We all have moments of something known as “disfluent” speech. Maybe we’re saying “um” too frequently, or we’re repeating the beginning sound of a word a few times. However, sometimes people notice that they or their children are having more frequent disfluencies. A Speech-Language Pathologist can help distinguish between stuttering-like and non-stuttering-like disfluencies.
What is stuttering?
There are many different kinds of disfluencies, including blocks (feeling stuck/tense), repetitions (of words/parts of words), or prolongations (stretching sounds). Their presence in speech is not always indicative of a fluency (or stuttering) disorder. They can be broken into two categories: stuttering-like and non-stuttering-like.
- Stuttering-like disfluencies include: part word repetitions (m-m-m-my dog is cute), monosyllabic word repetition (the the the ball), audible prolongations (aaaaaaaand then), inaudible prolongations (abnormal pauses), and sound-syllable repetitions (so-so-someone ate my cookie).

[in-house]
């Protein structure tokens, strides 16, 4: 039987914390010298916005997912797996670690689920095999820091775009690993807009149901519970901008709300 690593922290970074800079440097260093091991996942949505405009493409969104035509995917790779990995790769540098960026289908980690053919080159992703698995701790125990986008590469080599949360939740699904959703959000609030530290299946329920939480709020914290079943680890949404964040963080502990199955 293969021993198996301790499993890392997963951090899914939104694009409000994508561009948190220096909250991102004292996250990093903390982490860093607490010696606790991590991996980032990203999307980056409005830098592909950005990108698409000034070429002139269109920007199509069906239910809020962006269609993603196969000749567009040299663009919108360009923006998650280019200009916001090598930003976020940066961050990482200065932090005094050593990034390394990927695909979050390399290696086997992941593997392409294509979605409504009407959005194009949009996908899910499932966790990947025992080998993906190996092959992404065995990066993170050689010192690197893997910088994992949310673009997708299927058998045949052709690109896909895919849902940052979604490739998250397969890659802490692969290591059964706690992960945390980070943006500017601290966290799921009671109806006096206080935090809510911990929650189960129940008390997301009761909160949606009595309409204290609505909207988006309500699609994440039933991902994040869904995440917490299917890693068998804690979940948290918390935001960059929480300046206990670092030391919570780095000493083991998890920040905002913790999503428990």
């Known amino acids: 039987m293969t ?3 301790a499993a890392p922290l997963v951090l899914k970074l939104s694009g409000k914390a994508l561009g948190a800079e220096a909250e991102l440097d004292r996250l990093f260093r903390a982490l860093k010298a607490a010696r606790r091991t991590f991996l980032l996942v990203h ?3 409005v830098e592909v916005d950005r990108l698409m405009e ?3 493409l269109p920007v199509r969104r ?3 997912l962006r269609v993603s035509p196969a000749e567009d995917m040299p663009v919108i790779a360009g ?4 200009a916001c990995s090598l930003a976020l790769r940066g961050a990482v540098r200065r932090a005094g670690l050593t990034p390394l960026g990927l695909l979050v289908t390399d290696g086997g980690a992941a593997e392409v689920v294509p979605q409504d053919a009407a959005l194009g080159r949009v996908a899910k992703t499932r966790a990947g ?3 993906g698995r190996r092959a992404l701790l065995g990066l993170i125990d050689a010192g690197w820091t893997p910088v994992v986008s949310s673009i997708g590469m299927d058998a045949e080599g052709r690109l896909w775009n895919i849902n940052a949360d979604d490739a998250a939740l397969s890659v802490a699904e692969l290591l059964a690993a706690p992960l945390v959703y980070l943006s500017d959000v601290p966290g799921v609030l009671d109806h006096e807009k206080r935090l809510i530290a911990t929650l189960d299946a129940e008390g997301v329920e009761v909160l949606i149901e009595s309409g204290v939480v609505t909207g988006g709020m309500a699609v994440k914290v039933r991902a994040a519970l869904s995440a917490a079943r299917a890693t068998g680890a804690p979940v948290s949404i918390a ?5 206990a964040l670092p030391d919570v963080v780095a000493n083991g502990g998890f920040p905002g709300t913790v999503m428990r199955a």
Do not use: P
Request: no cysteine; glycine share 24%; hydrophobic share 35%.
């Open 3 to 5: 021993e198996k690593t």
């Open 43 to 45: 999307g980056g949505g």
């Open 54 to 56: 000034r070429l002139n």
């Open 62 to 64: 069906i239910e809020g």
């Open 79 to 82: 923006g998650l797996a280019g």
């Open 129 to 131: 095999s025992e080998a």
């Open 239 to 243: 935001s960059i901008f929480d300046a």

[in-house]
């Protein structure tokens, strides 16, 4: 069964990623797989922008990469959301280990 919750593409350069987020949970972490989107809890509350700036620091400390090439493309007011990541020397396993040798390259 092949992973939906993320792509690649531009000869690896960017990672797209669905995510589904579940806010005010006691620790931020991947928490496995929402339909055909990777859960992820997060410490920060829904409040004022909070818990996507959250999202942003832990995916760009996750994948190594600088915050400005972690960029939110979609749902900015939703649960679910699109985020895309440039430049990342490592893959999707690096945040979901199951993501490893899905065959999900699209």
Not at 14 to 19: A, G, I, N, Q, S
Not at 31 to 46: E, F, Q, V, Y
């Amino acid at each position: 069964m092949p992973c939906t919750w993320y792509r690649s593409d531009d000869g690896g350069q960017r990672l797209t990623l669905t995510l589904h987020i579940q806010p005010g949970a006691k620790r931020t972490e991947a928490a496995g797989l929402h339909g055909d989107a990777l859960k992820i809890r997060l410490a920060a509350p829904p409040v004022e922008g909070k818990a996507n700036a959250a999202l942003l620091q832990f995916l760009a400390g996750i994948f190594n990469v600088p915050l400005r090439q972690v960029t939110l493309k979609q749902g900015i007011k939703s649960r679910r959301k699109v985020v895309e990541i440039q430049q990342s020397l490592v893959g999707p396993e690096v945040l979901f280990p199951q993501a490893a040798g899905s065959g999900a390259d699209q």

- Non-stuttering-like disfluencies include: phrase repetitions (my dad my dad my dad went to the store), polysyllabic whole-word repetitions (someone someone ate my cookie), repeating phrases (my name is my name is), interjections (um), and revisions (I need… I want that ball).
These disfluencies can also be accompanied by additional behaviors, called secondary behaviors. These can include tension in the face/body, eye blinking, abnormal breathing, and more. Often, the purpose of these is to avoid stuttering, or can be due to frustration because of stuttering.
What does this mean for me?
Generally, if you are noticing stuttering that has lasted longer than six months in conjunction with secondary behaviors or feelings of frustration/embarrassment, it is a good time to visit a Speech-Language Pathologist for an evaluation.
What causes stuttering?
The jury is still out. There are many theories, but the cause of stuttering is not fully known and is likely complex. Research has indicated the following: stuttering generally begins between the ages of 2 and 6; there are higher rates of stuttering among males; and many people who stutter